Peintre Celebre gives superb display

 

The conventional wisdom before yesterday's Prix de L'Arc de Triomphe was that this season's Classic crop weren't a match for the older horses: maybe the majority aren't but Peintre Celebre in two minutes and 24 seconds of absolute quality proved the danger of generalisations.

To be precise, it was a record 2.24.6 minutes of quality, and while the dangers of hyping horses was proved by last year's brilliant winner, Helissio, finishing only sixth this time, Peintre Celebre looked so good that to call him a superstar could be defensible. Rarely if ever has a horse accelerated so quickly up the famous Longchamp straight and left a quality field looking so pedestrian. And the one thing that yesterday's field is not is pedestrian.

Pilsudski and Oscar Schindler again ran superb races and they looked to be better animals this year than last when second and third. Yet Peintre Celebre put five lengths between himself and them to prove that the flashing stride with which he won the French Derby is not reserved for beating his fellow three-year-olds alone.

"He is very special," conceded Andre Fabre, French racing's little Napoleon who had won the race previously with Subotica and the previous track record holder, Trempolino. "He was a very good Classic winner and now the leading horse in Europe. I couldn't ask for more. He is the best middle distance horse I have trained. Maybe Zafonic could compare but he was a miler".

It was also a momentous race for owner Daniel Wildenstein, (80), who was winning his fourth Arc, but he and Fabre admitted to concern with the position that Peintre Celebre and Olivier Peslier found themselves in just before the straight.

"Peintre Celebre must have a good sense of direction," joked Fabre afterwards, but with Helissio setting sail for home and Pilsudski guaranteed a clear run on the outside, the matter of getting a clear run for the colt could have seen Peslier panicking.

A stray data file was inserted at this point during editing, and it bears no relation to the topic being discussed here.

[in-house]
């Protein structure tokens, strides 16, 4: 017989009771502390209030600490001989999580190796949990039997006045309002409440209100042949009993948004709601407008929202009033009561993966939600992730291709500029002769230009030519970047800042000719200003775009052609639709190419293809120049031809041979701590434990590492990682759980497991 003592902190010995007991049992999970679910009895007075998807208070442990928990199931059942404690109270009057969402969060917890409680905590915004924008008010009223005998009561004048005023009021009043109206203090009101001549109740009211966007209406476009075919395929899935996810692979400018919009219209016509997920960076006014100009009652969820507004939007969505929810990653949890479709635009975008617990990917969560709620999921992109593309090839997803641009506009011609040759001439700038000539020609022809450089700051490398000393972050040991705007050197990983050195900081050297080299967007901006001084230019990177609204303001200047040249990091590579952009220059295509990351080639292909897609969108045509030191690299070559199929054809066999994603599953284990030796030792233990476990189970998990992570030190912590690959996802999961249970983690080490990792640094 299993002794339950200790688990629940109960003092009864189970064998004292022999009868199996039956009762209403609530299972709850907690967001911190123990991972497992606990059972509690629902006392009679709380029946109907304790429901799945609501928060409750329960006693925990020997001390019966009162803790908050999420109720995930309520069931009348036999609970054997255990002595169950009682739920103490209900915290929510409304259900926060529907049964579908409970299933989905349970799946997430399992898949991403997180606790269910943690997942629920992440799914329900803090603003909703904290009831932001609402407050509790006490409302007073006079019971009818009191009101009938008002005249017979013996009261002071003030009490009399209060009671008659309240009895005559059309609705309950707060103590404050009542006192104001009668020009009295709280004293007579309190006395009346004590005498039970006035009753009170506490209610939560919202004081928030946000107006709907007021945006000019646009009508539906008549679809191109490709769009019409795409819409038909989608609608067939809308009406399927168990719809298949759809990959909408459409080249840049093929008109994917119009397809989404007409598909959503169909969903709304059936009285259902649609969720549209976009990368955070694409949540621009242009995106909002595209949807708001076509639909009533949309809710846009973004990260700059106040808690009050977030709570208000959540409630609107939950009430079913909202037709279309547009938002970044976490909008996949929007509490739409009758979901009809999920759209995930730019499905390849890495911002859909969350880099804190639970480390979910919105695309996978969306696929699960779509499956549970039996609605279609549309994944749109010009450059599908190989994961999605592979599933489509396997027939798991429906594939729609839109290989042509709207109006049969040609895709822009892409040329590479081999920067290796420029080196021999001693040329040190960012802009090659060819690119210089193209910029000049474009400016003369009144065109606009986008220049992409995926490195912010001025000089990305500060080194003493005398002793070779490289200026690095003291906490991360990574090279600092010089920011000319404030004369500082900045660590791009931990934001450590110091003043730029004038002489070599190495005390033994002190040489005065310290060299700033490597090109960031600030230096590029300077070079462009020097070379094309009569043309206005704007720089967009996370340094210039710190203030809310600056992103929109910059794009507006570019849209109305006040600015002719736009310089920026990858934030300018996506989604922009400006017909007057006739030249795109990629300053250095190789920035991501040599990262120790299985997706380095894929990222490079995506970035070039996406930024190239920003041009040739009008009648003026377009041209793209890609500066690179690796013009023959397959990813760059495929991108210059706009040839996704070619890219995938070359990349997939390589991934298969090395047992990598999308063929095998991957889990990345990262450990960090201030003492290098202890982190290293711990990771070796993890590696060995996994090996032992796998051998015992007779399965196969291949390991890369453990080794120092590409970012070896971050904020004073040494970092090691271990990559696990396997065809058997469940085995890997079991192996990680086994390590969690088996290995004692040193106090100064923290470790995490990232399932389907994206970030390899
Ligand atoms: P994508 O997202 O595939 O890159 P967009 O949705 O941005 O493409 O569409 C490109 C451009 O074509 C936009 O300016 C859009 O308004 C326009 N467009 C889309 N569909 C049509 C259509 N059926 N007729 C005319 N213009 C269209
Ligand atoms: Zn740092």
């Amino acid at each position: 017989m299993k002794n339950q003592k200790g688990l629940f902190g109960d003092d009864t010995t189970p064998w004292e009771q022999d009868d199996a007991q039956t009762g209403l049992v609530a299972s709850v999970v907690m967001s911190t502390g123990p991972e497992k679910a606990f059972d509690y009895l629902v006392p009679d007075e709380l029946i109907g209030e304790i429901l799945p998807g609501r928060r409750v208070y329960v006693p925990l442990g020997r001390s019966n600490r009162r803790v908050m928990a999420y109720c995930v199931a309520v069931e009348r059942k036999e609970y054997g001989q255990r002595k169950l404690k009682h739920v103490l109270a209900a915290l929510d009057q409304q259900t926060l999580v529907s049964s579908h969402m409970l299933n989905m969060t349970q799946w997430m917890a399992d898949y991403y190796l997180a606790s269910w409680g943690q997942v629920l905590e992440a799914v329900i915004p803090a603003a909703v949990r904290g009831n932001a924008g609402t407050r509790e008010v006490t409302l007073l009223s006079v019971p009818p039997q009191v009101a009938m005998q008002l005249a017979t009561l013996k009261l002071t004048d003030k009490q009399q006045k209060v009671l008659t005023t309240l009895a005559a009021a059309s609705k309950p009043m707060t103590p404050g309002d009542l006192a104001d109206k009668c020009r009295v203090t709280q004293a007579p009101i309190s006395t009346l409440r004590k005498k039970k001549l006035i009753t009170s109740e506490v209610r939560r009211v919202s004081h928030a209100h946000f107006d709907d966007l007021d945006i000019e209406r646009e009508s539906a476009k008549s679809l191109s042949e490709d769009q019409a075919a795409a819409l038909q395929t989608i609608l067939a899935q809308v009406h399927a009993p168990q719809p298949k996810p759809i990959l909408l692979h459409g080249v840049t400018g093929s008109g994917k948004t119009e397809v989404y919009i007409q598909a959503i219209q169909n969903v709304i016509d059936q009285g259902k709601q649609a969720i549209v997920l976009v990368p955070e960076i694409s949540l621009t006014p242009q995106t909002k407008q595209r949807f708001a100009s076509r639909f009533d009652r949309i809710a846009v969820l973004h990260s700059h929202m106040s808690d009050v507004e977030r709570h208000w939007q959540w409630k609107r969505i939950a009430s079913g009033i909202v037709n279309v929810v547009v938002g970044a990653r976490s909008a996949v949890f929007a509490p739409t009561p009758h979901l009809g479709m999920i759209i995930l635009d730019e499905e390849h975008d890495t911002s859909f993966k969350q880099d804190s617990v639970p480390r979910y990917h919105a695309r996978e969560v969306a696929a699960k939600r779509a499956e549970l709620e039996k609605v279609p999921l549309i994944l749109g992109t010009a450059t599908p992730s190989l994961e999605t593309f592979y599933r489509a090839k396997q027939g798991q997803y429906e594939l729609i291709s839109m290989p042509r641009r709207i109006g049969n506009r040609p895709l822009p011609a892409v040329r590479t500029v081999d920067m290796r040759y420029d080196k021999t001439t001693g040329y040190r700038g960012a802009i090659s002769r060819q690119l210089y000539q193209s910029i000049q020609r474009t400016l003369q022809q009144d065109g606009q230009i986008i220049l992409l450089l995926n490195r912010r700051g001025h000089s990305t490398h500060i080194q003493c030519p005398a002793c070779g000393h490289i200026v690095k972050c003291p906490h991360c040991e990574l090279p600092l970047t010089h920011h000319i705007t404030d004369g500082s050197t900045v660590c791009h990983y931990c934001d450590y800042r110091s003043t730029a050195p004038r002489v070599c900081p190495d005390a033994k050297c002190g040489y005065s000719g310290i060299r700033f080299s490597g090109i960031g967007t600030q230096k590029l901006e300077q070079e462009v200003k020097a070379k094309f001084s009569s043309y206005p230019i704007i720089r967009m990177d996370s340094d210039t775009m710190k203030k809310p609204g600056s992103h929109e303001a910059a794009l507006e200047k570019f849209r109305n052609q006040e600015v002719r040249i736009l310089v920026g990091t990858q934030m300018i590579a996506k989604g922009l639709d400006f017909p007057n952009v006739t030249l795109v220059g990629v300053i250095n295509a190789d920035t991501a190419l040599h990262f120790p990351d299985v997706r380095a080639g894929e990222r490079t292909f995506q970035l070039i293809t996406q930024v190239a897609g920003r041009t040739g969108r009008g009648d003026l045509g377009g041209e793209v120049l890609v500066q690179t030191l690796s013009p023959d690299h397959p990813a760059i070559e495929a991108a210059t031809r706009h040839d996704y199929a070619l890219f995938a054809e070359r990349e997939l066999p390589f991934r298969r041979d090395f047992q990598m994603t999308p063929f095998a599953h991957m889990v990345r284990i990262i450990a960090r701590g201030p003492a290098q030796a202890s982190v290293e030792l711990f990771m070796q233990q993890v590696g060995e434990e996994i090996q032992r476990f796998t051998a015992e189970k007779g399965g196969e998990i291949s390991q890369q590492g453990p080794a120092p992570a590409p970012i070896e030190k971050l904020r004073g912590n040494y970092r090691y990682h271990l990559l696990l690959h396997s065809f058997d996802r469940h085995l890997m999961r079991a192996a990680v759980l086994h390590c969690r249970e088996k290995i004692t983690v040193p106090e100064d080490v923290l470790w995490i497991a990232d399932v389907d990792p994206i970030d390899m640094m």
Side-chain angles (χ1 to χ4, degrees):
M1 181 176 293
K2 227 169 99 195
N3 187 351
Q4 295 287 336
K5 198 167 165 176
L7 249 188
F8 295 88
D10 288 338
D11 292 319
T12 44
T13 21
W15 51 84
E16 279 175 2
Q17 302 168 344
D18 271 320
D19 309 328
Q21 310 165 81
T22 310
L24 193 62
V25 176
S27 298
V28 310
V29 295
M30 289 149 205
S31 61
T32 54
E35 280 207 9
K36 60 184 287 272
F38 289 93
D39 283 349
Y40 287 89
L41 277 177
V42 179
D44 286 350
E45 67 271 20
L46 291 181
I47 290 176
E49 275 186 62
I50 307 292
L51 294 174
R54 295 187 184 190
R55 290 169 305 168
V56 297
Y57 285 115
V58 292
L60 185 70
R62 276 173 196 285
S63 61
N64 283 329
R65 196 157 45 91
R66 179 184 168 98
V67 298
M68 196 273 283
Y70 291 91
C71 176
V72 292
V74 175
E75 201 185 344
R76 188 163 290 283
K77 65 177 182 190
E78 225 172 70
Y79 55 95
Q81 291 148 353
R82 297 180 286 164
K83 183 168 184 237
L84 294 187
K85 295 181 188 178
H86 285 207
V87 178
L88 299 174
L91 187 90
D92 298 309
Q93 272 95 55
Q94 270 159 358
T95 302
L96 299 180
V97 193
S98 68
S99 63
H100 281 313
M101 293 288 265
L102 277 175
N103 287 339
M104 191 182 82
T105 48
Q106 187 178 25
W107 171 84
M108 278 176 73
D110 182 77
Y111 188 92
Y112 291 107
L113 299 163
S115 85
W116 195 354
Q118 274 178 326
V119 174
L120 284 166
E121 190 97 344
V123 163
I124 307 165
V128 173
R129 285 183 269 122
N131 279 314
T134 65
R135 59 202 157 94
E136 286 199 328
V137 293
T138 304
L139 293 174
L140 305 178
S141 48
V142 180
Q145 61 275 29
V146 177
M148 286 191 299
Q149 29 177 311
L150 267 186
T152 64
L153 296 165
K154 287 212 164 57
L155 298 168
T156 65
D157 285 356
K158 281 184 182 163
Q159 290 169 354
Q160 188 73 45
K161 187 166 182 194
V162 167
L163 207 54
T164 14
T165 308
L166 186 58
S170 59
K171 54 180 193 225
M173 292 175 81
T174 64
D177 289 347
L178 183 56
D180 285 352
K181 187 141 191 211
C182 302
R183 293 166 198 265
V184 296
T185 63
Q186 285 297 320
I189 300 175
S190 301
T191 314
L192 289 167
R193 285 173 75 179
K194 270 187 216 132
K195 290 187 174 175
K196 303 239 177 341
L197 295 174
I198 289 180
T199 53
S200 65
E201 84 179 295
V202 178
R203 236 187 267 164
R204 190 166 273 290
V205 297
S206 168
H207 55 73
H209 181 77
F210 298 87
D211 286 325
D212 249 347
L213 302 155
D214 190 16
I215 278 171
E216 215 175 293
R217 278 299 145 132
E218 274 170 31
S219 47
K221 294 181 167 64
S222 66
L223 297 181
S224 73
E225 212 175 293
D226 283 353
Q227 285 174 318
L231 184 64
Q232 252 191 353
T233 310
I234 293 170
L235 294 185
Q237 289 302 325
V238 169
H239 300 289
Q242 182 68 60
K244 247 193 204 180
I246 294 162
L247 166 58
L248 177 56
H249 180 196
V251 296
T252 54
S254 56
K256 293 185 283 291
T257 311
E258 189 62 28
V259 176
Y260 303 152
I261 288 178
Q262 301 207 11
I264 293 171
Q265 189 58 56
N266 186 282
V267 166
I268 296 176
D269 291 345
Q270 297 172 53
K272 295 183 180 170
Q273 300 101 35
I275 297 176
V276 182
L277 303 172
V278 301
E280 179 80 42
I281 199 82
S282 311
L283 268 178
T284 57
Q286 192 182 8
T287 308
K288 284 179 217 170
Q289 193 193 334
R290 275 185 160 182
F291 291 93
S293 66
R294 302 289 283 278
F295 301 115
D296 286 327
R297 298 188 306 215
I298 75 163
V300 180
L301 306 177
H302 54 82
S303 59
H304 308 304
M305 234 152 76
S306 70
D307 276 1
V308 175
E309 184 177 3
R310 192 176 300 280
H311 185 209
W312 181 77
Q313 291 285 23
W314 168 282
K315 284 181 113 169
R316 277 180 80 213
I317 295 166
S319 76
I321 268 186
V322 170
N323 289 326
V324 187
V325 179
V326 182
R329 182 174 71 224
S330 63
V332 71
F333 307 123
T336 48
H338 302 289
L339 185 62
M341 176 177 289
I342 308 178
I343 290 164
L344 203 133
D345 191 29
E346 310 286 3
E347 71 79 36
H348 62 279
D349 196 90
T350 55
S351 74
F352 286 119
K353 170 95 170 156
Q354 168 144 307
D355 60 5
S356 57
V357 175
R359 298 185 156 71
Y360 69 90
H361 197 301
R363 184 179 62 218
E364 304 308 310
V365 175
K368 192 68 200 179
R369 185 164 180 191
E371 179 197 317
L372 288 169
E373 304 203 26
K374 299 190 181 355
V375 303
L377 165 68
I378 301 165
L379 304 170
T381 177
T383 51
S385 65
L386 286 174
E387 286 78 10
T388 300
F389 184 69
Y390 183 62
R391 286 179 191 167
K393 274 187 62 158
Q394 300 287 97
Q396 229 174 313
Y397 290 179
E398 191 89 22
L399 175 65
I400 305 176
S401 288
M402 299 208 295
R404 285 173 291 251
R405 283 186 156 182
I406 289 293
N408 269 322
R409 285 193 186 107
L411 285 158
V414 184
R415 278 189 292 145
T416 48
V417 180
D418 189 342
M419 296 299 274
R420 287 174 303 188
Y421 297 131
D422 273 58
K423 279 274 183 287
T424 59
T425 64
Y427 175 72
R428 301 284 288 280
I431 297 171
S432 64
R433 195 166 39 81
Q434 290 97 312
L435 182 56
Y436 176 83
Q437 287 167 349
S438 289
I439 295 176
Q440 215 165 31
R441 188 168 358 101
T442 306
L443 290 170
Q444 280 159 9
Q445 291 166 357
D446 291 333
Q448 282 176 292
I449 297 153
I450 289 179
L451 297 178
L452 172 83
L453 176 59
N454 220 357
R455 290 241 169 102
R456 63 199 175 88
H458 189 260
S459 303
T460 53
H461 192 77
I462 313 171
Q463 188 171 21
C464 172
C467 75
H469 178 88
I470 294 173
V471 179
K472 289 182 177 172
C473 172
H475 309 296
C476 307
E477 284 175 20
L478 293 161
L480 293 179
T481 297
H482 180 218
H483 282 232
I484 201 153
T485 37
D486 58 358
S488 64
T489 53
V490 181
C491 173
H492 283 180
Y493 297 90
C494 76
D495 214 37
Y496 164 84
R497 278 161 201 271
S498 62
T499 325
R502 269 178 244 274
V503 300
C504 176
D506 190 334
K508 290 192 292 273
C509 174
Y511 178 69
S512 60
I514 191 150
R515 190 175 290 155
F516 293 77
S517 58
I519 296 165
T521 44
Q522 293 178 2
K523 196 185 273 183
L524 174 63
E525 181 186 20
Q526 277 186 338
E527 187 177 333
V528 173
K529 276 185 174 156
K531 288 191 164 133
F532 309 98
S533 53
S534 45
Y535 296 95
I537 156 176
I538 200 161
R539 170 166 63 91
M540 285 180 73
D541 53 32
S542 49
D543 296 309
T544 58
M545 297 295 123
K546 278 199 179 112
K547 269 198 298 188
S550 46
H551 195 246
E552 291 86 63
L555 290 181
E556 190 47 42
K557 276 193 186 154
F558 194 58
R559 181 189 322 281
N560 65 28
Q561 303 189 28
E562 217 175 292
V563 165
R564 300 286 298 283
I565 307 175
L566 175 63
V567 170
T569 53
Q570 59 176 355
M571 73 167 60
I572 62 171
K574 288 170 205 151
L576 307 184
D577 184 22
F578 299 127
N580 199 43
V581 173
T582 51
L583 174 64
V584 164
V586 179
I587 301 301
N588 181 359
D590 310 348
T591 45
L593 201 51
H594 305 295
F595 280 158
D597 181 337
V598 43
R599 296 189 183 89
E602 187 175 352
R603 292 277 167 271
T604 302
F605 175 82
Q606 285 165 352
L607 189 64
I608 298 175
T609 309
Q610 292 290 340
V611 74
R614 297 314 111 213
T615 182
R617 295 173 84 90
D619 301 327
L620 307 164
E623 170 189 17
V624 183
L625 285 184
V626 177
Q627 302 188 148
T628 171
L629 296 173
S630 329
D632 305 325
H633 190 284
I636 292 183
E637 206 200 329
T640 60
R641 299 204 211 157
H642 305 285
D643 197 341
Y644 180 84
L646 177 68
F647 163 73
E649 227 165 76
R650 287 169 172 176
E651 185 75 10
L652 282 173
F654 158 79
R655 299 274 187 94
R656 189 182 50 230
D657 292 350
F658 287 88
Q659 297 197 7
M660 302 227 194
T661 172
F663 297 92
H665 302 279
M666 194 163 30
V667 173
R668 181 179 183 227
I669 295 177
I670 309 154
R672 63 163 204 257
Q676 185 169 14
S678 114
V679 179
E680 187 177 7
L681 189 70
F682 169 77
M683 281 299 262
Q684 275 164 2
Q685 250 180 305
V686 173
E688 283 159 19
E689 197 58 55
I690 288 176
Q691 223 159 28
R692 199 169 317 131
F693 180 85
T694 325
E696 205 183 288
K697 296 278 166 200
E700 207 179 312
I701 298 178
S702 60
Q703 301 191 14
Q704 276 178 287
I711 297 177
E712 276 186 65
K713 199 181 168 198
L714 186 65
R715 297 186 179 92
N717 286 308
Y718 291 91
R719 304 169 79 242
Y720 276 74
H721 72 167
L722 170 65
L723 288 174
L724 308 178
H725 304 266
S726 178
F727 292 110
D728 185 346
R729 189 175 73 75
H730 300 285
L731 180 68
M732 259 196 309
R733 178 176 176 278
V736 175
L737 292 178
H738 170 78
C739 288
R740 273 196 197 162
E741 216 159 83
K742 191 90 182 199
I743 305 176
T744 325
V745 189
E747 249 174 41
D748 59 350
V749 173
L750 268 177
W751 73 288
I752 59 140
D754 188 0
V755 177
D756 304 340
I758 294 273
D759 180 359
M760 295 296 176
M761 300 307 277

If that didn't, then the presence of his less than bosom buddy Cash Asmussen immediately on his outer may have, but the measure of Peintre Celebre is that he was niggled to hold his ground and still quickened when a miniscule gap appeared before starting his amazing run. "He is a nice horse, isn't he," Peslier smiled with the sort of masterly understatement that indicated the coolness with which he got out of trouble. But ultimately he too was thrilled with the exhibition. "I got the gap two furlongs out. He changed legs and half a furlong later he led. And then he really got going!" he exclaimed. In behind, Kinane had Pilsudski in position A to make his run but, quicken as he did, he was no match for the winner's several change of gears. Kieren Fallon had a thrilling first ride in the race to finish third, but Oscar Schindler's connections, despite their thrill at the horse's effort, were left cursing their Longchamp luck again. Asmussen secured a better position early on this time but Oscar Schindler, with Pilsudski on his outer, appeared to be hampered after a couple of furlongs and after that he was always fighting to get back into a prominent place.

"Without that interference I might have got second but he gave me everything and after a performance like that, I can have no complaints. He is all heart," Asmussen said. Kevin Prendergast also pointed to the ground, which he called "firm", as being a little too fast for Oscar Schindler, but immediately nominated the Breeders Cup Turf at Holywood Park as the next target. Connections also pointed to the ground being too fast for Ebadiyla, who never featured prominently in the race. In the supporting contest Britain re-asserted its dominance of the Prix de l'Abbaye when Carmine Lake, having only her second race of the year, sailed through the closing stages to add this Group One to Saturday's Prix du Cadran for trainer Peter Chapple-Hyam.

"To all intents, she's a cripple," said Chapple-Hyam. "She has arthritis in the knee which is why she has only run once, but I fancied her very strongly today on her work at home. I don't fancy going for the Breeders Cup as the dirt would jar her knees. She will be very stiff tomorrow morning."

The other Group One , the Prix Marcel Boussac, saw Loving Claim charge to joint favouritism for next year's 1,000 Guineas when making all to win after the Fabre-Peslier favourite, Anna Palariva, was slowly away at the start. Ultimately, though, this will be remembered as Peintre Celebre's day, a day when a horse proved himself clear of his generation.